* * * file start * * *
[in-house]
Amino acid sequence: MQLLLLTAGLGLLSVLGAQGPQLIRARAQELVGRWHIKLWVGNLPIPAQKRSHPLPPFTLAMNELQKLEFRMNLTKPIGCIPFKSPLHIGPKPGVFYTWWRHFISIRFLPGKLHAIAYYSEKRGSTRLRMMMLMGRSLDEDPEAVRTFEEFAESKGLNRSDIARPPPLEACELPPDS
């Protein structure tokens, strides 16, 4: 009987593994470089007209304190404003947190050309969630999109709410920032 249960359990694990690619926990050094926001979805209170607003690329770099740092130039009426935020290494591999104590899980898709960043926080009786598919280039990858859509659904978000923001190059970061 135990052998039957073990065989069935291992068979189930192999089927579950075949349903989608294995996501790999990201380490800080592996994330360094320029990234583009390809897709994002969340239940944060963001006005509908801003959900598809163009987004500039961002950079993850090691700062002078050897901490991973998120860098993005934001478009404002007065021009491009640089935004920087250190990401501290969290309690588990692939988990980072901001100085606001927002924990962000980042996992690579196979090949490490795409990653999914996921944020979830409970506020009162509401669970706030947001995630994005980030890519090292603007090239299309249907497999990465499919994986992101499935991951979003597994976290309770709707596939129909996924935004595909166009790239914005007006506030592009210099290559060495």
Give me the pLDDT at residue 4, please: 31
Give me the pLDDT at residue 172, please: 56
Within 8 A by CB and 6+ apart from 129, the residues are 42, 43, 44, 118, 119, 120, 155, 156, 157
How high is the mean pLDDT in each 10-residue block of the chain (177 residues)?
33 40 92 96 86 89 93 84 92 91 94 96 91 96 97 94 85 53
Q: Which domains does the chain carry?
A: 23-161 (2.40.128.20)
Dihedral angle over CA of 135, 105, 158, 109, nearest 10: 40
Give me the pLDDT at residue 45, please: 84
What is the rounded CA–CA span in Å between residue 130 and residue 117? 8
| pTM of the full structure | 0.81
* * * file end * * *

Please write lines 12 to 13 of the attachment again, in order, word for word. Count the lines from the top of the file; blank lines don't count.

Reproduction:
Give me the pLDDT at residue 45, please: 84
What is the rounded CA–CA span in Å between residue 130 and residue 117? 8